When I first started obsessing over U2

When I first started obsessing over U2—and by that, I mean the point where I actually cared enough about them to know what they look like other than Bono’s sunglasses—I was convinced that I did not want to like Bono.

Well, that’s probably too strong of a statement. I wanted to like Bono. I wanted to like all of U2. But I didn’t want to “like” Bono. I didn’t want to be *that person,* the fangirl chick who screams for the lead singer rather than the other three bandmates who are equally important. So I purposefully stayed away from looking up Bono until I’d already researched everybody else in U2 and decided, firmly and officially beyond all doubt, that The Edge was going to be my favorite.

…Have you ever heard that saying about how the best way to make God laugh is to tell Him your plans?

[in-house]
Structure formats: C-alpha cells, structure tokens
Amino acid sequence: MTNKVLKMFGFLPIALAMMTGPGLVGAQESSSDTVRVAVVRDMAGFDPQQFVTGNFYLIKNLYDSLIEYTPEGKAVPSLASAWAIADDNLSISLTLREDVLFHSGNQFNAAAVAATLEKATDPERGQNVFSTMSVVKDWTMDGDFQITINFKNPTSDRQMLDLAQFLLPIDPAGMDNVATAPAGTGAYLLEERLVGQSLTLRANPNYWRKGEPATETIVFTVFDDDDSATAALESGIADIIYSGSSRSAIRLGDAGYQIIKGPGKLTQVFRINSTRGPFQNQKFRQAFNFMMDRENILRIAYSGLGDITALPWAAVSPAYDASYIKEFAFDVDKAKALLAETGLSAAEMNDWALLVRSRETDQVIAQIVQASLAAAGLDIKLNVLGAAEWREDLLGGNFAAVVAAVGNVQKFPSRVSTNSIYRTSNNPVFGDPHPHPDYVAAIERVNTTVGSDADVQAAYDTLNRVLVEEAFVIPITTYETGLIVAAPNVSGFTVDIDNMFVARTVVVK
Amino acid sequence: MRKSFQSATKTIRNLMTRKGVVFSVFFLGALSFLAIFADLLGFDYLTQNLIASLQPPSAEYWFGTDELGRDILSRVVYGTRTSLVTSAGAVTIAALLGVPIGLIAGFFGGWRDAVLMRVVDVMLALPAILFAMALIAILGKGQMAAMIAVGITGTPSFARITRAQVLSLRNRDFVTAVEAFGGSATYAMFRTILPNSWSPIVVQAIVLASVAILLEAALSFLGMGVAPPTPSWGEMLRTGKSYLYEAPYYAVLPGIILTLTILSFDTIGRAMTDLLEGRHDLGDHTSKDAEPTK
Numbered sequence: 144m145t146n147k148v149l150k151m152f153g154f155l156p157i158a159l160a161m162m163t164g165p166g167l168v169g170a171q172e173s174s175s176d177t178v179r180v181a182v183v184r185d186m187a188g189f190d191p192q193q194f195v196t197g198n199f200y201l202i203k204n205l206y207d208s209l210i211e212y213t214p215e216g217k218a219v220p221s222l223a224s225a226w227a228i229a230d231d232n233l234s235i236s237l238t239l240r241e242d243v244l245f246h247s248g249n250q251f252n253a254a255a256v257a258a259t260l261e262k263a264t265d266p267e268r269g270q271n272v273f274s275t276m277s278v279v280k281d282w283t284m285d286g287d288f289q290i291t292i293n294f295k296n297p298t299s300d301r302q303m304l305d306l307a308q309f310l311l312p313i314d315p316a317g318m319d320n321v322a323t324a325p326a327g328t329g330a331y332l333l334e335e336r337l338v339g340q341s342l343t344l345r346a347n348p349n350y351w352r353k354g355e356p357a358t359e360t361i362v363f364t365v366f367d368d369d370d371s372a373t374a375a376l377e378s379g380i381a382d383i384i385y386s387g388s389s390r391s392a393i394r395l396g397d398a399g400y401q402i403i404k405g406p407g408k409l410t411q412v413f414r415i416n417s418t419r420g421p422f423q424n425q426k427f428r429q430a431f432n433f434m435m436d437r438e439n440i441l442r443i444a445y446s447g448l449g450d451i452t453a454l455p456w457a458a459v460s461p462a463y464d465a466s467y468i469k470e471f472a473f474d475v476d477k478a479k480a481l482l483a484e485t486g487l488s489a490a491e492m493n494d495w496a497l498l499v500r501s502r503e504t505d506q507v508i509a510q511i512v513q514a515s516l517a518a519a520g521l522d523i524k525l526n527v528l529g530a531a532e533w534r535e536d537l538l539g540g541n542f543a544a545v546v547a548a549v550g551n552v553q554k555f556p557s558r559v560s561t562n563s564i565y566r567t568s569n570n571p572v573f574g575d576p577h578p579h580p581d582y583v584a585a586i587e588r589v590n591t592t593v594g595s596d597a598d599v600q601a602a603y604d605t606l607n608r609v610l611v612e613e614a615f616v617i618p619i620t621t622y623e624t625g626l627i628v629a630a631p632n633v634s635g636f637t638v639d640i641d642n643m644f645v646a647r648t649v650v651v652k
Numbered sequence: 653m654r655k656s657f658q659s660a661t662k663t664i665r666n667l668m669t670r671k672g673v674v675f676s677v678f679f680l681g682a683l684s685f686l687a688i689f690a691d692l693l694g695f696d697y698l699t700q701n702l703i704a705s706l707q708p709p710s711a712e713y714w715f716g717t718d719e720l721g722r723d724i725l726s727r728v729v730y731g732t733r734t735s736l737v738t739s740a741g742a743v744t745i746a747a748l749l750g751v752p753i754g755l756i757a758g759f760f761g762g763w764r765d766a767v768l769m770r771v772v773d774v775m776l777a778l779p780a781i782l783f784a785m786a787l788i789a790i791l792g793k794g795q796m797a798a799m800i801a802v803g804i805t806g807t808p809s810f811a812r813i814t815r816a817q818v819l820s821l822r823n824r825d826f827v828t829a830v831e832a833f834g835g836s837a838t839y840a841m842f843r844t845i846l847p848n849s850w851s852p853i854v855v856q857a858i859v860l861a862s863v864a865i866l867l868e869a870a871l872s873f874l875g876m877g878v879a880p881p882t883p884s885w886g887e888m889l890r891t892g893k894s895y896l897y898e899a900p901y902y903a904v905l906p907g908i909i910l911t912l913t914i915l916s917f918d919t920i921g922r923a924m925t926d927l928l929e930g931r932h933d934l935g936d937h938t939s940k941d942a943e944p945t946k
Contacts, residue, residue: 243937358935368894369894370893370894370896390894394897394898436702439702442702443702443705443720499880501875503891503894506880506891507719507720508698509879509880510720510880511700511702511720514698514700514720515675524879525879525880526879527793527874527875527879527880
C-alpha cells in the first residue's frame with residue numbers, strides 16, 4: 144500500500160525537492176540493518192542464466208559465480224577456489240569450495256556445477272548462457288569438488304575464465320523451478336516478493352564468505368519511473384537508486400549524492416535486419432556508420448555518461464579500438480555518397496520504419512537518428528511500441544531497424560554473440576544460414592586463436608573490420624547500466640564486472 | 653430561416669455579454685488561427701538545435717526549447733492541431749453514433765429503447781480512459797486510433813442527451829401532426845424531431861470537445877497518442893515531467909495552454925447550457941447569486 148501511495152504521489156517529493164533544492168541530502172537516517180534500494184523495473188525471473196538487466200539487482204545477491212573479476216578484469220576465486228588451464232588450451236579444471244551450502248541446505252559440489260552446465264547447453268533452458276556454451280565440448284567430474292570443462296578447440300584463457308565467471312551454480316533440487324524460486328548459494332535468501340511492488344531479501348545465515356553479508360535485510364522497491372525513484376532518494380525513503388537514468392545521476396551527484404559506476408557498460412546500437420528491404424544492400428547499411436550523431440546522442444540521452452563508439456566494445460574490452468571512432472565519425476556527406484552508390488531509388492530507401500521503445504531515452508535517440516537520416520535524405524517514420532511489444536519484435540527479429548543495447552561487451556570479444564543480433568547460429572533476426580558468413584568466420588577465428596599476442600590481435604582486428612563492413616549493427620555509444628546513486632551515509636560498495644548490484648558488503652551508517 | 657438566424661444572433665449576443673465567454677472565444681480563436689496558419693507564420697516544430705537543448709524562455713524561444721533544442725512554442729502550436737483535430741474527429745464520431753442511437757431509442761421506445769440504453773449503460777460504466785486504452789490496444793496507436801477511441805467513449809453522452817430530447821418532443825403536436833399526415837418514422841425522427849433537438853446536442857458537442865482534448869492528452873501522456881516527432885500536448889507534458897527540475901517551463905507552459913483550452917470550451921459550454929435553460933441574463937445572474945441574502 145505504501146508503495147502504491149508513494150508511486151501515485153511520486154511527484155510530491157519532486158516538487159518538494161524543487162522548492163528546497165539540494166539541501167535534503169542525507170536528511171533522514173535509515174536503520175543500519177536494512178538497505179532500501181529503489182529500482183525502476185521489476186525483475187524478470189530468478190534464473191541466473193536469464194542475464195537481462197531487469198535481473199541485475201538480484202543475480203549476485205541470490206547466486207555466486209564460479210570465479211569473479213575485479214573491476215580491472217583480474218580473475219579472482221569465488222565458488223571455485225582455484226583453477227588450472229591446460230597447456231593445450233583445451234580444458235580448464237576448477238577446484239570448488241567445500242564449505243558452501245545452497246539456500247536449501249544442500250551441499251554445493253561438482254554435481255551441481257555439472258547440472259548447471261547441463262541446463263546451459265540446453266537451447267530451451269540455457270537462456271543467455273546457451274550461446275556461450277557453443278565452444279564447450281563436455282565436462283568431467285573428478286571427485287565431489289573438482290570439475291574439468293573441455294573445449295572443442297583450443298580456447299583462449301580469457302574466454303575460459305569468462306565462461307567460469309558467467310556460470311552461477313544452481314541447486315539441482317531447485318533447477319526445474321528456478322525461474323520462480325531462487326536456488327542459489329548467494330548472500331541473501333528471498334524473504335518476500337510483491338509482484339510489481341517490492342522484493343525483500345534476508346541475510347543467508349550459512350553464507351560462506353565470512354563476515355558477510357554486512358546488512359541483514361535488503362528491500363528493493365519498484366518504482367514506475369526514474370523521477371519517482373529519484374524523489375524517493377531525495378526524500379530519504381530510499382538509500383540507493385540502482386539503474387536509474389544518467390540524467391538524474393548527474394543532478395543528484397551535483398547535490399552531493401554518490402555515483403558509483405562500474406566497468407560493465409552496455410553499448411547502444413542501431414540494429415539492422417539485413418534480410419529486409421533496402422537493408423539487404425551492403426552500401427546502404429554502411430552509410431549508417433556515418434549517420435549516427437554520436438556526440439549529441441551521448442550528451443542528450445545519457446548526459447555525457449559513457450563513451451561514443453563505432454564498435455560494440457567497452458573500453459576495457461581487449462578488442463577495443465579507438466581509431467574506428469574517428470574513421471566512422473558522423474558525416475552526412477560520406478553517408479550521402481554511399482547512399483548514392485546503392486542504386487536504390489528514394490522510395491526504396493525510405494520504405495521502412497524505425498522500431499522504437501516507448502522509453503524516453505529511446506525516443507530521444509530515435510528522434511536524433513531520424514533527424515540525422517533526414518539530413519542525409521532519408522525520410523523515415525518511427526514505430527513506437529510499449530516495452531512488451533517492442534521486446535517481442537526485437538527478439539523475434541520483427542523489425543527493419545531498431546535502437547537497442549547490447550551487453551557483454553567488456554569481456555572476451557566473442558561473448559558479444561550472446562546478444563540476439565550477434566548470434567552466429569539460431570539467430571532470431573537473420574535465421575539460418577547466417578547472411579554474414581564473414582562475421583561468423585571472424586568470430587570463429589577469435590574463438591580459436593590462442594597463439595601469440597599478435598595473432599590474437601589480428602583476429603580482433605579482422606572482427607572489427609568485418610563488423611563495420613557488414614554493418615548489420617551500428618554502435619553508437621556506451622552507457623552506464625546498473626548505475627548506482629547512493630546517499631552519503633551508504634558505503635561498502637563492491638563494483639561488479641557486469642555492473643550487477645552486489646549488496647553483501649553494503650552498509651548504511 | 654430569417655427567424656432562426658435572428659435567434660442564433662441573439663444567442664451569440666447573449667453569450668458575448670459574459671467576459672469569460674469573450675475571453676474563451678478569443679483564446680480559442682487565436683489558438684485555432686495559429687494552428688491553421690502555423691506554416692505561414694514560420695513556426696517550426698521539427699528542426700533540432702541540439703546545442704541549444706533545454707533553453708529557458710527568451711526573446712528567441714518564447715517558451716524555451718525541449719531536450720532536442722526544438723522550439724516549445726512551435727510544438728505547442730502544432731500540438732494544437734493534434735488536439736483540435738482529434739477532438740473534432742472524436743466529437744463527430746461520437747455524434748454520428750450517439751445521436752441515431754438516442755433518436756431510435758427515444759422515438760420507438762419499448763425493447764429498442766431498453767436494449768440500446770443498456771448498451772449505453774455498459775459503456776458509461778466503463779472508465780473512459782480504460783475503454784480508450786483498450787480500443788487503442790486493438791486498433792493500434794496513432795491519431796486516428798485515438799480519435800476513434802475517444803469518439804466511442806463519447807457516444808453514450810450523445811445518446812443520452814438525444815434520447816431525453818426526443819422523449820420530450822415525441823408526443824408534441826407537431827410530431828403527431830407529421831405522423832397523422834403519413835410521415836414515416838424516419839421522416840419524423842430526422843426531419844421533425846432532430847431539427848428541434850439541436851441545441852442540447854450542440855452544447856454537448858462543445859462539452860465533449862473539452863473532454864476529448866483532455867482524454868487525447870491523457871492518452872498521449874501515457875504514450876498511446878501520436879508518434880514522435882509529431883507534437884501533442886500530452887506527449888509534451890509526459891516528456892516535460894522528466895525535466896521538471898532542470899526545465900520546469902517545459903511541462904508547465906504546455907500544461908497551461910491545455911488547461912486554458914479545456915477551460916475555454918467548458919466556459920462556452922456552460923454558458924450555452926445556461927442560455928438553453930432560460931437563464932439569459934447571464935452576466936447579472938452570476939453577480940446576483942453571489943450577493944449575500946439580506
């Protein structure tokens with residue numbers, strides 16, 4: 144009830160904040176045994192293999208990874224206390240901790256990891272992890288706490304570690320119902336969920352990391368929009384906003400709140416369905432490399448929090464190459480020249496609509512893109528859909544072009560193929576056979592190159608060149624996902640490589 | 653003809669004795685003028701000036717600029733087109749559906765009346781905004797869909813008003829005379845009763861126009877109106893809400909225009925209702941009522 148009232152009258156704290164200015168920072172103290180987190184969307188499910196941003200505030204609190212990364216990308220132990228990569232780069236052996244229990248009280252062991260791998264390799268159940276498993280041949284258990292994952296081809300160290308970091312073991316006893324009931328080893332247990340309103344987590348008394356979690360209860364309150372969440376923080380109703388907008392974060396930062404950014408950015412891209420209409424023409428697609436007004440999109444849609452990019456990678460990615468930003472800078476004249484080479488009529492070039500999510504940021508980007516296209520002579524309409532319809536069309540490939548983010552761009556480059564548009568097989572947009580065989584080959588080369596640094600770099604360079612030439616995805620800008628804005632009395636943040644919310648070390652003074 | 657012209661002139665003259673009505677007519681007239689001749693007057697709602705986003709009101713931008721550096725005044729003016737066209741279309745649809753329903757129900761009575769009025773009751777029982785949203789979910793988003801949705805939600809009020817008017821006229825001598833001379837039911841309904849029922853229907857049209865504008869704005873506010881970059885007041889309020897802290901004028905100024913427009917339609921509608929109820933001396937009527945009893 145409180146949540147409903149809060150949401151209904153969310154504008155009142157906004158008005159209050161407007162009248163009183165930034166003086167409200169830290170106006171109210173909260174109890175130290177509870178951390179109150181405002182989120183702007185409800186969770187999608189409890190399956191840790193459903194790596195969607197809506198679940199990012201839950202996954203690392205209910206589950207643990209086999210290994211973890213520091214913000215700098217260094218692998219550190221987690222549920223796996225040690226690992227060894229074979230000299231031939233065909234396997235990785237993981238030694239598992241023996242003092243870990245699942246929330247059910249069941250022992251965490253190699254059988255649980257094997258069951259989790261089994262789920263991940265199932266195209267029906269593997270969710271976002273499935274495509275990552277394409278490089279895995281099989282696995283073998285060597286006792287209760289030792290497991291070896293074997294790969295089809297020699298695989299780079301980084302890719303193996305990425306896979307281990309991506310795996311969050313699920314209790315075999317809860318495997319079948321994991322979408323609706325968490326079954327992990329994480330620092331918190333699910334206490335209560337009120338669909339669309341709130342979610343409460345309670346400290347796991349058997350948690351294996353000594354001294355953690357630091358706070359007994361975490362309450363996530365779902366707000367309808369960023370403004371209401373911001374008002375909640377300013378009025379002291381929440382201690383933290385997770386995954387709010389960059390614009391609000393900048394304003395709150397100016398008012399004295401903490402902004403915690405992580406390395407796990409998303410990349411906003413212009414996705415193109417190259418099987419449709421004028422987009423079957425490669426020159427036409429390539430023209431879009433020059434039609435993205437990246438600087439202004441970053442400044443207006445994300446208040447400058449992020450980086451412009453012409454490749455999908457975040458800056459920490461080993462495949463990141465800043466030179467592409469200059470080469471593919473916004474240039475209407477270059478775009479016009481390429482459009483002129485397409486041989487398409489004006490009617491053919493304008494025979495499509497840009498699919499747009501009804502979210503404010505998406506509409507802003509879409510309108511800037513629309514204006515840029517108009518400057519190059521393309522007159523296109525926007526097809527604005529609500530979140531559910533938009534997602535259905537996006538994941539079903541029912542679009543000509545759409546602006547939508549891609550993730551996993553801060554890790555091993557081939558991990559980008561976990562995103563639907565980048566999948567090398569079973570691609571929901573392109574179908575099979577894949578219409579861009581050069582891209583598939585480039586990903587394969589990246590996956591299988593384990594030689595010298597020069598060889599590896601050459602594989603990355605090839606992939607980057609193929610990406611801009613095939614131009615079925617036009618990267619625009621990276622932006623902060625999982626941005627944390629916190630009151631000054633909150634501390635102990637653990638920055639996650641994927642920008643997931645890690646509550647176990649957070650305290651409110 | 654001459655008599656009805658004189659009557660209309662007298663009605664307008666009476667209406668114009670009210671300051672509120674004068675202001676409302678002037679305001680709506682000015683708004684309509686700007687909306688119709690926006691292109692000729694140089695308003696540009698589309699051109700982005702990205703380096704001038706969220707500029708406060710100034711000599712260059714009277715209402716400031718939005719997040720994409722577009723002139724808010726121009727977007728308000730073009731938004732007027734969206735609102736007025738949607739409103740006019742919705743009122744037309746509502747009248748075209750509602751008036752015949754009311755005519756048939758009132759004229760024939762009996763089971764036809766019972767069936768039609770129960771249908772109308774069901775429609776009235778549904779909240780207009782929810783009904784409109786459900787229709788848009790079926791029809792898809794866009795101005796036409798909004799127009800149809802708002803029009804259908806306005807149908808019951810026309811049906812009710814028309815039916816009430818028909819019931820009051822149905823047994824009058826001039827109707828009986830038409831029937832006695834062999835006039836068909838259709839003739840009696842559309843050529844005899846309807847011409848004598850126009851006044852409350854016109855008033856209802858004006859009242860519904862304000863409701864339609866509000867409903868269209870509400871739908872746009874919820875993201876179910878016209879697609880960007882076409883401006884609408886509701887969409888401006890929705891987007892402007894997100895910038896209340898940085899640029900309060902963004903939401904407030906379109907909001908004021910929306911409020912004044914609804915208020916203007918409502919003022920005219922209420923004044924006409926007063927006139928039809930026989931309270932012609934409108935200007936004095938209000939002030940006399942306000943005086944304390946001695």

…Yeah. About a quarter of the way through the Wikipedia article on Bono, I realized that Bono is definitely my favorite. I didn’t quite become *that person,* because I definitely adore The Edge and Larry and Adam (and I feel weird using their first names even though everyone does it), but I definitely got attached to Bono in a way that I probably couldn’t get attached to the others.

You see, when I got down to that shiny “Early Life” section of Wikipedia’s shrine to our favorite frontman, I found out that I am actually not the only person on the face of the planet (apart from my brother, who doesn’t count) who grew up with a Catholic father and a Protestant mother.